"Love the Way You Lie" (single featuring Rihanna)
What parents need to know
Parents Need to Know
Parents need to know that even though Eminem does an admirable job of portraying the depths of a dysfunctional relationship, many teens may not understand the message. Eminem is in character once again on this single, and this time around he's playing the role of abusive boyfriend. In reality, he's trying to shed light on the trap of domestic violence, but kids might not pick up on this, especially with the rapper portraying himself as the abuser. But the violence is acted out in a way to shine a light on the lies that we tell ourselves in a relationship, and Em's ultimate message is that this leads nowhere good. But that's heavy stuff for kids and teens to swallow, and the shocking ending to the song makes it a no-no for all but the most mature teens.
What's the story?
Welcome to the grand tour of dysfunctional love. "LOVE THE WAY YOU LIE" shows how a disintegrating relationship moves from pain to euphoria, denial to destruction; it's a trip through the downward spiral. But Eminem has another message besides examining how bad love can feel. This is also a song about abuse and the lies an abuser will give to keep his victim coming back for more. Rihanna, herself a victim of domestic abuse, offers up vocal accompaniment to Eminem's rhymes on this mid-tempo dose of reality.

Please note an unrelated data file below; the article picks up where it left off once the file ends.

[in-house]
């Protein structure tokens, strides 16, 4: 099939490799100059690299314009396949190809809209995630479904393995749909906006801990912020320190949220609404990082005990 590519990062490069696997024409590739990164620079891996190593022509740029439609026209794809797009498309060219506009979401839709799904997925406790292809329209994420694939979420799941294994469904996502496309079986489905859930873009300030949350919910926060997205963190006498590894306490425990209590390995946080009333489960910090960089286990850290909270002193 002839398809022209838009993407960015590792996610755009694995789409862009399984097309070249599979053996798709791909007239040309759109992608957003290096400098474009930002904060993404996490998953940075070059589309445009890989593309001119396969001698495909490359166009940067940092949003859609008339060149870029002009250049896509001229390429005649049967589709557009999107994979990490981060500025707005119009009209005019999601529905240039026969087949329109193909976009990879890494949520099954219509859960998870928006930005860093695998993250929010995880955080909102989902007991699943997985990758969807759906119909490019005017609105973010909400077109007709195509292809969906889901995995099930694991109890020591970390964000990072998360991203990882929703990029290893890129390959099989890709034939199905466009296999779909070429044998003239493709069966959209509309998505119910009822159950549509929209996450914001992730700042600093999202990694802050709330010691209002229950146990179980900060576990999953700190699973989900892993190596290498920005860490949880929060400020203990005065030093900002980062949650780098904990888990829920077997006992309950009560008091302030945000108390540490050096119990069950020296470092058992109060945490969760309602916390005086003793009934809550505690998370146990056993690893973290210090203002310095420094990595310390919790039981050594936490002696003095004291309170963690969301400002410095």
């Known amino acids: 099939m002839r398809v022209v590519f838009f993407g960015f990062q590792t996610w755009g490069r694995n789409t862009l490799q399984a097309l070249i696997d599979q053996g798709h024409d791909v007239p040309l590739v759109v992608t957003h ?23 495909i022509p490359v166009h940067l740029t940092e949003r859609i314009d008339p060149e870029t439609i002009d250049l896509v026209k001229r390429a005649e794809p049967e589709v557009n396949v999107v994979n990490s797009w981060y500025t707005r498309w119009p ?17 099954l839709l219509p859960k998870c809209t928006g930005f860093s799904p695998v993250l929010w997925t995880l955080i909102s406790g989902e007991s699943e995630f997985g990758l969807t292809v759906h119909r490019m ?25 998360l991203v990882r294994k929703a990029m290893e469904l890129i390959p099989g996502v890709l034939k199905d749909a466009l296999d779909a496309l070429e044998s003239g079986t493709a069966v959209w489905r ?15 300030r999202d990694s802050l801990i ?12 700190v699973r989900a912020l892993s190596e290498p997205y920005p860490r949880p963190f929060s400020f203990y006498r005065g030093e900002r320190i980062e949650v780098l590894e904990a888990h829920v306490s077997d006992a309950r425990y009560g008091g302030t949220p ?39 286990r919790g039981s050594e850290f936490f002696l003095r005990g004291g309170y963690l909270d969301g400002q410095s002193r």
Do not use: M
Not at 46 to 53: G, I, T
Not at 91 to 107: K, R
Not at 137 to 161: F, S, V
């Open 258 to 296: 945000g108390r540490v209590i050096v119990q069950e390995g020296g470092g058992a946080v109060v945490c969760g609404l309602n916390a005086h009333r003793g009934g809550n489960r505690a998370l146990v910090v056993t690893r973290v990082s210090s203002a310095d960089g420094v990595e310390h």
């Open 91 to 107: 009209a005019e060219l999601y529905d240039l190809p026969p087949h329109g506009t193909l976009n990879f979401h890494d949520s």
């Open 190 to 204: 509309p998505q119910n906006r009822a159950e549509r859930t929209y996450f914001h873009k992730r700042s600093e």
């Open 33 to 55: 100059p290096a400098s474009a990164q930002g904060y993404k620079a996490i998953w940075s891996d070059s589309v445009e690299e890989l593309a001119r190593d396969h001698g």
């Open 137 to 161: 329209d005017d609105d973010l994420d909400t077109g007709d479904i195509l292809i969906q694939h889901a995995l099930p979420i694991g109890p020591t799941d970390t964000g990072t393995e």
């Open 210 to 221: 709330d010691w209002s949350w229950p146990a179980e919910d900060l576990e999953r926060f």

Is it any good?
Rihanna seems to have a flawless record when it comes to guest spots. Once again her angelic vocals are the perfect foil for a hard-driving rap. But what differs this time around is the smoky, mature sound she delivers. Top that with Eminem's gritty lyrics, and it's a perfect match. Eminem pulls no punches (no pun intended) on a song that should act as a wake-up call to anyone stuck in a dysfunctional relationship. He hits every symptom of diseased love dead-on in an unflinching narrative. It's a great song, but one that is best for mature ears given the heavy subject matter.
Families can talk about...
Families can talk about abusive relationships and avoiding the pitfalls of getting to involved in a relationship too soon.
Do kids get sarcasm? When a performer is in character describing undesirable behavior for effect, do you think most kids "get it?" At what age is this method understandable?
Talk about music that portrays women in a negative light. What songs have you heard that objectify or disrespect a woman? How do you think impressionable listeners interpret lyrics like this?